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The Engineering Creativity Challenge

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apresher
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Engineering Creativity
apresher   3/19/2013 9:22:05 AM
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Interesting concepts. One of the best courses I took in college focused on the psychology of creativity.  Would like to learn more about these approaches to brainstorming.  Thanks.

Charles Murray
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Re: Engineering Creativity
Charles Murray   3/19/2013 7:14:41 PM
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The idea of biomimicry is a very timely one. We've seen a lot of biomimicry-based innovation on this web site, in the form of robots that mimic biological life forms. More recently, I've often heard it said that customers can be a good resource for innovation, if the customers are correctly trained to help the design engineers.

http://www.designnews.com/author.asp?section_id=1395&doc_id=234907

Nancy Golden
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Definition of Brainstorming
Nancy Golden   3/20/2013 11:51:55 AM
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Joseph, I enjoyed your article and appreciate the three methods that you touched on. However, I was a bit confused regarding the use of "brainstorming" and "approaches to brainstorming" as to me, they seem quite similar. Could you please provide a good working definition of brainstorming as it pertains to your article? I think that would clarify it for me - thanks!

warren@fourward.com
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Re: Engineering Creativity
warren@fourward.com   3/20/2013 2:44:27 PM
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Does that mean the Big Mac patty was inspired by a dairy farm field?  Or, which came first, a bright idea or the symbol of a light bulb?

How about flight (birds)?  That is easy, but the fins of a '56 Ford (fish)?   The bulbous nose of ship (Jimmy Durante)? 

How many products were developed by watching nature?  I wonder how many more are left to be found?  I hope I can find one...

Charles Murray
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Re: Engineering Creativity
Charles Murray   3/20/2013 7:46:56 PM
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I don't know if it still holds true, Al, but I always liked Edison's take on the subject: "Success is 90% perspiration an 10% inspiration."

Cabe Atwell
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Re: Engineering Creativity
Cabe Atwell   3/20/2013 11:16:21 PM
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What does TRIZ stand for, is it an acronym? Whatever path you take for inspiration in a design is a good way. Unlike Edison, I say calculate and simulate is the best way to go. Never try the "10,000 things that don't work" first.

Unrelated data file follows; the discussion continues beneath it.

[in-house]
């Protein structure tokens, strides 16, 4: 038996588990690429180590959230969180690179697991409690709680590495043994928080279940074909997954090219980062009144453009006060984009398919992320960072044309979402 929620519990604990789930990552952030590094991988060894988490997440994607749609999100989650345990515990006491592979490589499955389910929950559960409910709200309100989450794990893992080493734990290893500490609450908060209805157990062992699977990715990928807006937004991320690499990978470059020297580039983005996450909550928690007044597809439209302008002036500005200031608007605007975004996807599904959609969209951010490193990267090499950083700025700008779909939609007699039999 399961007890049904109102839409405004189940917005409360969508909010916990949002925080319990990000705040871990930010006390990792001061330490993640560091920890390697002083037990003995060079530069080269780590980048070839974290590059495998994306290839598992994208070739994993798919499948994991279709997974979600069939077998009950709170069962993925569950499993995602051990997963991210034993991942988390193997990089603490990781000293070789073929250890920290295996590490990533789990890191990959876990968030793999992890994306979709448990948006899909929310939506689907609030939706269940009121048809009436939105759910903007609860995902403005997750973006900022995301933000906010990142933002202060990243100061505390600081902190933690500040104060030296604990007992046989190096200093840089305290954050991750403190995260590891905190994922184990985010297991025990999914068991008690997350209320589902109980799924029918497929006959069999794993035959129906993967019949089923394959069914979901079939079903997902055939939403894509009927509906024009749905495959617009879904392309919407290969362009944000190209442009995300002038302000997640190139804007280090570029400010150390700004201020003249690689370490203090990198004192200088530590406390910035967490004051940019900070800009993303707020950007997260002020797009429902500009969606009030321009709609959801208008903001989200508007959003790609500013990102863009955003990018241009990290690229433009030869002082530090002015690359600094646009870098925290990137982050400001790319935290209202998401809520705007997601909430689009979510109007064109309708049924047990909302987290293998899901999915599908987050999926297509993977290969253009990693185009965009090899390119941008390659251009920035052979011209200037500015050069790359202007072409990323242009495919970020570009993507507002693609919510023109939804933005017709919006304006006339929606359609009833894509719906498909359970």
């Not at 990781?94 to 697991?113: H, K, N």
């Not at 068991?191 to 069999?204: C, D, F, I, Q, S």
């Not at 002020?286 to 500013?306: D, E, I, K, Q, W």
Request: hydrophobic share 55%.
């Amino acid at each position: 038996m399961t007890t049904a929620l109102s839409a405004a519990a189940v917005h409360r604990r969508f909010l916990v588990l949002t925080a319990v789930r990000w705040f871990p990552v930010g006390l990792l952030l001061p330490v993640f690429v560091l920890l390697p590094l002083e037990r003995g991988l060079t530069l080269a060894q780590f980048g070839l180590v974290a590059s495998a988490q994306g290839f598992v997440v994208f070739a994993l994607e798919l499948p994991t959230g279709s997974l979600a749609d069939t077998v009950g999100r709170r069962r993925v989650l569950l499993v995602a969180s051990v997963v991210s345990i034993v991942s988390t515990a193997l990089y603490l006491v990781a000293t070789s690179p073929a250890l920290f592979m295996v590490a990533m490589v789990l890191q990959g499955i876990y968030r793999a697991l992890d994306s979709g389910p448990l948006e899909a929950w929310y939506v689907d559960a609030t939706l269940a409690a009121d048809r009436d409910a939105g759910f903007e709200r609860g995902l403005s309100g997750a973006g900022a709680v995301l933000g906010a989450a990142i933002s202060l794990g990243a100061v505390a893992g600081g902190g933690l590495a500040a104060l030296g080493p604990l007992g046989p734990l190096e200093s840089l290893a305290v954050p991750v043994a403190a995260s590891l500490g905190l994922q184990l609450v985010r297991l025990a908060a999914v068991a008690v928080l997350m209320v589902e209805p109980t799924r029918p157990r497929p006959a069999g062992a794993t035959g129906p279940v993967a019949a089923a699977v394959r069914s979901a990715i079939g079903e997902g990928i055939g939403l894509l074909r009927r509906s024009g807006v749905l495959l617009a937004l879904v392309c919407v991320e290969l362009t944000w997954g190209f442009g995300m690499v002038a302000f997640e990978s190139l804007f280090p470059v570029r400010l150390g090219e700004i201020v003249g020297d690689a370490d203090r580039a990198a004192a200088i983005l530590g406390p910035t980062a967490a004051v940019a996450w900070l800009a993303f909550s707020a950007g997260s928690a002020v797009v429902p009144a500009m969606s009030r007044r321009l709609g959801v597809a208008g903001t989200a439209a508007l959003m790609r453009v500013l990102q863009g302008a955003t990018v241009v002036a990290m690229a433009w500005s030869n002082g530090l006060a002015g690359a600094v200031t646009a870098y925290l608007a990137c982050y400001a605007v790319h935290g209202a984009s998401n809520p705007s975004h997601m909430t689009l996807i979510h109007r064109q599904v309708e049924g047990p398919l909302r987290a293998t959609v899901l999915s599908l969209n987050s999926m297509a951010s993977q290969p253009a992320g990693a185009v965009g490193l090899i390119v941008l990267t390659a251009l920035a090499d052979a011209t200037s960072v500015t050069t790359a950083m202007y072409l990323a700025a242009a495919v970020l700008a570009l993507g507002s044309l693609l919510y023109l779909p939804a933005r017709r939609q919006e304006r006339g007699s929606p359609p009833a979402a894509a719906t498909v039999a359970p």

C

notarboca
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Re: Engineering Creativity
notarboca   3/27/2013 12:19:50 AM
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Have to agree Cabe, calculation and simulation seems to be a better use of time.  Sometimes, though, you just get a "hunch" about something and it pays to follow it.  Subliminal engineering, perhaps?

Cabe Atwell
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Re: Engineering Creativity
Cabe Atwell   3/27/2013 5:44:03 PM
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Today, there are so many ways to design virtually, that it doesn't make sense to do otherwise.

Also, I still need to know what TRIZ stands for.

C

Joseph Berk
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Re: Engineering Creativity
Joseph Berk   4/1/2013 5:27:01 PM
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Cabe:

TRIZ is an acronym and it comes from the Russian teoriya resheniya izobretatelskikh zadatch, which means the theory of inventive problem solving.

Joe

Joseph Berk
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Re: Definition of Brainstorming
Joseph Berk   4/1/2013 5:33:28 PM
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Nancy:

Thanks for your kind words.  

Brainstorming generally refers to an unfettered flow of ideas, with quantity being more important than quality.  The thought is that many ideas will result in one or more good ones, and the concern is that the ideas should not be evaluated or critiqued during the brainstorming session as this might tend to slow the flow. 

One of the disadvantages of brainstorming is that the conversation can go off on a tangent.   The other approaches suggested here tend to focus the brainstorming in particular areas, generally resulting in more useable suggestions.

All of this is explained in more detail in Unleashing Engineering Creativity, and we'll touch on it during our Weblive training session on 25 April at noon Eastern time.  You can sign up for the course for free at www.eogogics.com.  I hope to see you there.

Thank you again.

Joe

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